Surprise! U.S. Jewry May Be Growing
On the eve of a much-anticipated national Jewish population survey, a leading demographer has found that there are 18 percent more Jews in America than earlier reports have stated.
In a new national survey to be released this week, Gary Tobin, president of the San Francisco-based Institute for Jewish Community Research, reveals that 6.7 million Americans say that Judaism is their primary religious or ethnic identification. That is significantly more than the 5.5 million people in the “core Jews” category reported by the 1990 National Jewish Population Survey.
Tobin’s study found an additional 2.5 million respondents who he terms “Jewishly connected non-Jews.” Those people said, among other things, said that they practice Judaism as a secondary religion; or that their spouse or other household member is Jewish; or that they have one Jewish parent but do not themselves identify as Jews; or that they simply feel “Jewish in their hearts,” Tobin said.
That totals 9.2 million people — 1 million more Jews and non-Jews who live with Jews than were found by the 1990 NJPS.
In addition, Tobin’s study estimates that another 4.1 million Americans report having some Jewish blood, though they are not Jewish themselves, because they have a Jewish grandparent or other relative (besides a parent).
That population was not measured on the 1990 NJPS.
That brings the total to 13.3 million Americans who are linked in some way to Judaism and the Jewish people, according to Tobin, who says that it is a far higher number than anyone has previously estimated.
More than the numbers themselves, Tobin’s survey, which is likely to spark much controversy, sets the stage for a debate over who should be counted as a Jew; the community’s perception of itself as either withering or thriving; and the crucial communal policy and funding decisions made by Jewish organizations and private foundations that will flow from the demographic data.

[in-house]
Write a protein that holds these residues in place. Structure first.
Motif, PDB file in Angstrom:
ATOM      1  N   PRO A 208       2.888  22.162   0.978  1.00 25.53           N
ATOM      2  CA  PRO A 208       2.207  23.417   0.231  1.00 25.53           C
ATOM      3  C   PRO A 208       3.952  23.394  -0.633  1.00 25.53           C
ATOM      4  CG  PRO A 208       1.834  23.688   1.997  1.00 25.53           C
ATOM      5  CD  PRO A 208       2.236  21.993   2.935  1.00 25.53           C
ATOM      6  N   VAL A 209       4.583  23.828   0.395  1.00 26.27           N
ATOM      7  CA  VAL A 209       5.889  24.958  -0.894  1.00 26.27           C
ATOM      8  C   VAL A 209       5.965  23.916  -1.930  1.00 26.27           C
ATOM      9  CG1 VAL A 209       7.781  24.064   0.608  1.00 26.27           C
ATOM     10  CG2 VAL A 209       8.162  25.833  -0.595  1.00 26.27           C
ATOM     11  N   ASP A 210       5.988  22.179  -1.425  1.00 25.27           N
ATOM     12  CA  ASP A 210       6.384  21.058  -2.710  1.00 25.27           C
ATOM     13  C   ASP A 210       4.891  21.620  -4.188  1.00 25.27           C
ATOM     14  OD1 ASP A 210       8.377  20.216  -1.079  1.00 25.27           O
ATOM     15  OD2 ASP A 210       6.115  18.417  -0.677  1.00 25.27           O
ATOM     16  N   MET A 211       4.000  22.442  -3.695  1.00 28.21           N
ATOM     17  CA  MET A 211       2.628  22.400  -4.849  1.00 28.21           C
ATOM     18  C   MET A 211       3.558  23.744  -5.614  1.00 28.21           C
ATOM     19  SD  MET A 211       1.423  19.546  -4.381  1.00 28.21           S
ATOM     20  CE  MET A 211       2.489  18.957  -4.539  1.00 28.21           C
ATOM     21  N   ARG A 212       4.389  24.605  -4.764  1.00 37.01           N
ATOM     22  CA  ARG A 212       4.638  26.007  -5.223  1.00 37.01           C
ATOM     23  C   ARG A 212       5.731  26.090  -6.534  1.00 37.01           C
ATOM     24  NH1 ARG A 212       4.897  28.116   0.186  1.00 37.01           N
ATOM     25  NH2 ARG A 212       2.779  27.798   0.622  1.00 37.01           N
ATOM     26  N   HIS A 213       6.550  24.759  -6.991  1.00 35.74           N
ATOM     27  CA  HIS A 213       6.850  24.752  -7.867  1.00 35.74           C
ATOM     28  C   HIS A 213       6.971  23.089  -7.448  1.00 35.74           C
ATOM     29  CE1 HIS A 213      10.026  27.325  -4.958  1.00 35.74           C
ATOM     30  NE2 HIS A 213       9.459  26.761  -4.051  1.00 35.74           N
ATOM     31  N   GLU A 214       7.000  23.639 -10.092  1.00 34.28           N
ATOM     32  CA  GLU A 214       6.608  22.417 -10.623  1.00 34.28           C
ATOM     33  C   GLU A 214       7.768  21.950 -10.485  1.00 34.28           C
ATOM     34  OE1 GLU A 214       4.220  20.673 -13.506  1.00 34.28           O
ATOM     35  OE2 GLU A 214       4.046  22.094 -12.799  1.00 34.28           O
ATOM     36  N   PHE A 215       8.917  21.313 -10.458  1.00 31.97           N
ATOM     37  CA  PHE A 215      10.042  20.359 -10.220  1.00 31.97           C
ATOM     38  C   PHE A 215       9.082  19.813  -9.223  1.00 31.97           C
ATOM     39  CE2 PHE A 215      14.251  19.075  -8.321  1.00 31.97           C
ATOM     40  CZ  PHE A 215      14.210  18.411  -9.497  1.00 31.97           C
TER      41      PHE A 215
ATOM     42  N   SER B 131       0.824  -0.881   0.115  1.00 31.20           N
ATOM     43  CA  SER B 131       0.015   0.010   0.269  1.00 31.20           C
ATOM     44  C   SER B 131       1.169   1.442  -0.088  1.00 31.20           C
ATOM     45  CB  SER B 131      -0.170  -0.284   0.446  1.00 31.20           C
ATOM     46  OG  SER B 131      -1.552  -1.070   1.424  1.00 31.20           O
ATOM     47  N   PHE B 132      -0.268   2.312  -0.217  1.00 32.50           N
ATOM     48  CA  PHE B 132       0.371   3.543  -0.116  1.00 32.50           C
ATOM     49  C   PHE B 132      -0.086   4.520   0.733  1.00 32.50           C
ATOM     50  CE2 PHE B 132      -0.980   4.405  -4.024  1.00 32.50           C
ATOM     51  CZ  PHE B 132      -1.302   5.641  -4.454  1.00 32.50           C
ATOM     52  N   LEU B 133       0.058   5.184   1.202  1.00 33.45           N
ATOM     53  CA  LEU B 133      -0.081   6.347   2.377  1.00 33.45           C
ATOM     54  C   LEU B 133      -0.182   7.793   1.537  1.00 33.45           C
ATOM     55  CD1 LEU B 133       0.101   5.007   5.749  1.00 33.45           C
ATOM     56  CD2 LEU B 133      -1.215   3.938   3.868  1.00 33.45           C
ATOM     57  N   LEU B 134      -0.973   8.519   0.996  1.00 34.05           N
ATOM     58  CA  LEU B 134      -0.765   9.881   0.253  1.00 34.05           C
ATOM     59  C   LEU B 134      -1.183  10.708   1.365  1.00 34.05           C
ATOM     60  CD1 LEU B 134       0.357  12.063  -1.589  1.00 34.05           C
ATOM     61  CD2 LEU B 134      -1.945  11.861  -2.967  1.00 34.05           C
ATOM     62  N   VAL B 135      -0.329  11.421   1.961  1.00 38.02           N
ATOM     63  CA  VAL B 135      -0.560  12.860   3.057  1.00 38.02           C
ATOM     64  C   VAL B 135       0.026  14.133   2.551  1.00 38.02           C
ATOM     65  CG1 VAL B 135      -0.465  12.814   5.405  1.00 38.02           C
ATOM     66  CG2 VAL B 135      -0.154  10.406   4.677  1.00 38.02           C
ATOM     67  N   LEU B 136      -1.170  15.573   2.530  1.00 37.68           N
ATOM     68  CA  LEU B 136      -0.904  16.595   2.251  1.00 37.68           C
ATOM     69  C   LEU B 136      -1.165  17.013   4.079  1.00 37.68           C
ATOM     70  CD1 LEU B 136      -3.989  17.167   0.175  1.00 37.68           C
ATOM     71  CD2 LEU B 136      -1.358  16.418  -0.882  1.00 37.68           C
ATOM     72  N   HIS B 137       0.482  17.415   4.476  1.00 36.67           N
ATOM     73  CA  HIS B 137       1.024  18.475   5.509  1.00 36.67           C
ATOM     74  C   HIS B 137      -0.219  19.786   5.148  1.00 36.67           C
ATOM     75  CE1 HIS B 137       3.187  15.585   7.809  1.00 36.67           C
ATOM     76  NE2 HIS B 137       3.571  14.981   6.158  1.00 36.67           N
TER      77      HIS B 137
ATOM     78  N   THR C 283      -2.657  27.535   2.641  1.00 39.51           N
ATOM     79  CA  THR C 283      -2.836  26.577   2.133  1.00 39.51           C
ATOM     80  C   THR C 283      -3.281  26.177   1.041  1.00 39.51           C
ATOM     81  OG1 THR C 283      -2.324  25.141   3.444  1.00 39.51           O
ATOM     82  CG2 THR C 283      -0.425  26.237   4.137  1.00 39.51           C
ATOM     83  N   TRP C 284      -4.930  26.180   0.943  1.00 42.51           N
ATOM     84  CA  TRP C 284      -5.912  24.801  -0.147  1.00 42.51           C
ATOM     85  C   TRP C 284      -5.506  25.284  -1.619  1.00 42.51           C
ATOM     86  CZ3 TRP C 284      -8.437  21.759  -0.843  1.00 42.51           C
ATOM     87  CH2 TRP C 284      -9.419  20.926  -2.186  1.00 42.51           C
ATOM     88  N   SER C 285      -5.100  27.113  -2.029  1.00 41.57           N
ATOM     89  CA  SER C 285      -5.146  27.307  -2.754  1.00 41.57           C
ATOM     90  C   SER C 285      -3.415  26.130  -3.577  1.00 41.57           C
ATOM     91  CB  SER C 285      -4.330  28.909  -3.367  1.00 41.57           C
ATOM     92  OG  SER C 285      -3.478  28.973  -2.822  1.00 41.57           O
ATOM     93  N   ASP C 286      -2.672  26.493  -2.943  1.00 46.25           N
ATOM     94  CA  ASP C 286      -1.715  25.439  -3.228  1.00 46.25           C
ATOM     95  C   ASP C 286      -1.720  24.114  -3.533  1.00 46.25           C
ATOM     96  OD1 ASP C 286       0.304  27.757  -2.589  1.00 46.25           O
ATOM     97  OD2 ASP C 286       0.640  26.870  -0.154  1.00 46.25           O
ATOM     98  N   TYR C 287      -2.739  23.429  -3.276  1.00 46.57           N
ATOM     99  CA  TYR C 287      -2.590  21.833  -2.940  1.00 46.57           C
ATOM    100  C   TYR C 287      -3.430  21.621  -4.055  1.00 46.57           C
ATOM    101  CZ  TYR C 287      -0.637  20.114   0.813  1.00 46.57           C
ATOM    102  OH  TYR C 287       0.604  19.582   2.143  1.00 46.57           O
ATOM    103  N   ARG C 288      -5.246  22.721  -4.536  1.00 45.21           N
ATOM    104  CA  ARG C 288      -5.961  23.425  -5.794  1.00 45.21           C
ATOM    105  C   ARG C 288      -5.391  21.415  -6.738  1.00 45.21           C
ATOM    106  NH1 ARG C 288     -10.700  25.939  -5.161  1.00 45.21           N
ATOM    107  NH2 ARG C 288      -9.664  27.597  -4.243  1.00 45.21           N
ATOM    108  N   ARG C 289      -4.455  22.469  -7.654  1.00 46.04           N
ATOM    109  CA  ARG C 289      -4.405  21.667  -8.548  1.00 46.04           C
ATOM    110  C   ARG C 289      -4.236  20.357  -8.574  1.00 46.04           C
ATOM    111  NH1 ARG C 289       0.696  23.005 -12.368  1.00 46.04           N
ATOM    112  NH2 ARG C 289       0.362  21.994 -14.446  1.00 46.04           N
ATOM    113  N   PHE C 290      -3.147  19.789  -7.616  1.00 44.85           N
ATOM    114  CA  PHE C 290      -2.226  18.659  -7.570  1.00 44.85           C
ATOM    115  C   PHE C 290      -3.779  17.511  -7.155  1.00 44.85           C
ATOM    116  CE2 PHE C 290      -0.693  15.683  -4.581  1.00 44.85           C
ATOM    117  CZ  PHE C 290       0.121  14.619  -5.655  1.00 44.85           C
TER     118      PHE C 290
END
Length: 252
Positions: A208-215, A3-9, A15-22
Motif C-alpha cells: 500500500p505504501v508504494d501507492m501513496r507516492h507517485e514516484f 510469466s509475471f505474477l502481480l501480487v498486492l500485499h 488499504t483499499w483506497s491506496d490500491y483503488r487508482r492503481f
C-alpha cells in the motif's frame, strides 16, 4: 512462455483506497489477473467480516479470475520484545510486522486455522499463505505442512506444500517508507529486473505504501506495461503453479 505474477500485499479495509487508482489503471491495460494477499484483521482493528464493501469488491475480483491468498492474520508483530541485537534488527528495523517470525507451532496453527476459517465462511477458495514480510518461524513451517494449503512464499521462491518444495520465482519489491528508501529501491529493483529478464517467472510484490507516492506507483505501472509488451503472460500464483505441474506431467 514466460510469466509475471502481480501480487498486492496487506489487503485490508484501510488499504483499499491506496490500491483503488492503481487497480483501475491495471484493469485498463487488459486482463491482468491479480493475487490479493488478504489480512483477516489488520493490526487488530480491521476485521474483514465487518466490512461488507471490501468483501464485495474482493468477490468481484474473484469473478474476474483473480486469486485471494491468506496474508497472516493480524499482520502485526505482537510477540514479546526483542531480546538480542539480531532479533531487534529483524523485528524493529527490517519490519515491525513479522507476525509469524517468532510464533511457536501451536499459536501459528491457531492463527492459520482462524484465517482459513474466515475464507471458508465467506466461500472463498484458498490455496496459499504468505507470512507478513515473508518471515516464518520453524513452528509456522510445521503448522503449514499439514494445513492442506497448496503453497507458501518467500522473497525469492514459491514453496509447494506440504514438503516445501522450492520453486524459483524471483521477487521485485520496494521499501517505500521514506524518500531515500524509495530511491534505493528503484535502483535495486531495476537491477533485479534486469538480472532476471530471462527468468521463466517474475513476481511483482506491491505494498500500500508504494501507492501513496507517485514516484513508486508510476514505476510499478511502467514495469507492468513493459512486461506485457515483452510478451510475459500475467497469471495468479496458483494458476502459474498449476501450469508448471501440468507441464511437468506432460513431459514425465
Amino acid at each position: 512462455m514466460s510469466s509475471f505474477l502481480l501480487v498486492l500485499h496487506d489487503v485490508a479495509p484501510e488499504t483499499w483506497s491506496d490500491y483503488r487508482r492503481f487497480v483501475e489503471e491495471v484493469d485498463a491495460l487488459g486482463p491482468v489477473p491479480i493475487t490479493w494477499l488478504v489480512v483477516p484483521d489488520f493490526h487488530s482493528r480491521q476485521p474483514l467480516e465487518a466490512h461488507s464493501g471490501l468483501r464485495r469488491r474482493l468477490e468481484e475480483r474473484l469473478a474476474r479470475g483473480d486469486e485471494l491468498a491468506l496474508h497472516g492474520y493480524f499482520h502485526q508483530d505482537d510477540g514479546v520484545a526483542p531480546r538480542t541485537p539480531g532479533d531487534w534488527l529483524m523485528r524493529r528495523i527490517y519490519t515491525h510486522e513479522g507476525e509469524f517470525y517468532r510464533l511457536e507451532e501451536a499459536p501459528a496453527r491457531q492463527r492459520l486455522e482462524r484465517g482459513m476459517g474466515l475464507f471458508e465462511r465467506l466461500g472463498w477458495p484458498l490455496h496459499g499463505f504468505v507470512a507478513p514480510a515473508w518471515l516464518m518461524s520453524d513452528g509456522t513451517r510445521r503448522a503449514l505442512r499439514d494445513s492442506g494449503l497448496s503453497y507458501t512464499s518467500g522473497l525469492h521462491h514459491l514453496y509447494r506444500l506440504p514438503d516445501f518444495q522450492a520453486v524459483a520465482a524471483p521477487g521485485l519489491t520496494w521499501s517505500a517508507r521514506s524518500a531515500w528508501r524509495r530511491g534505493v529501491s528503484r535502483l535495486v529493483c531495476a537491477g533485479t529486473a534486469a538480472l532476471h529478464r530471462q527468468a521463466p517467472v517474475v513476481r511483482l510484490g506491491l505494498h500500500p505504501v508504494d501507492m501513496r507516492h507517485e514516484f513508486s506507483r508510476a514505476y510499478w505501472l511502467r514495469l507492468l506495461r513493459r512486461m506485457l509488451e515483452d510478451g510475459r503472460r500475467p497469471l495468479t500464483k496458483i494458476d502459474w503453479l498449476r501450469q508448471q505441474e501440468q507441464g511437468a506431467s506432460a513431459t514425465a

Coming as it does just before the National Jewish Population Study 2000 findings are slated to be unveiled early next month by the United Jewish Communities, Tobin’s survey is being seen as a major salvo in the “inreach/outreach” debate over the best way to ensure Jewish continuity.
As a result of the NJPS in 1990, for example, “inreach” and “outreach” programs designed to intensify levels of Jewish learning and behavior have proliferated. Inreach proponents believe the best way to ensure continuity is to focus on “core” Jews; outreach proponents believe reaching out to those on the margins is a more effective strategy.
Tobin, a vocal proponent of the “big tent” approach to reaching out to Jews, is a sharp critic of the terminology, as well as methodology, employed by much of the Jewish establishment in its discussions of continuity over the past decade.
“Calling people ‘core’ and ‘non-core’ Jews is so insulting,” he said, referring to language used in the 1990 NJPS analysis. “They are really ways of saying ‘Either you’re a good Jew or you’re not,’ ” Tobin said.
“If the organized Jewish community wants to say ‘Feh, they don’t go to synagogue,’ or ‘Oh no, there’s a gentile in the house,’ they are discounting these people in ways guaranteed to make them feel excluded,” Tobin said, who calls the 1990 NJPS the “1990 Hysterical Intermarriage Study.” That survey found put the intermarriage figure at 52 percent.
“I do see the number of Jews growing,” Tobin said. “Some of it may be because of Russian and Israeli immigration to this country. But a lot of it is because the sociological network of Jews is growing,” he said, referring to people who may not be technically Jewish but who feel close to Judaism and may observe aspects of it.
“It’s a fluid continuum,” he said, contrasting that image with the inner core/outer ring model presented by other demographers.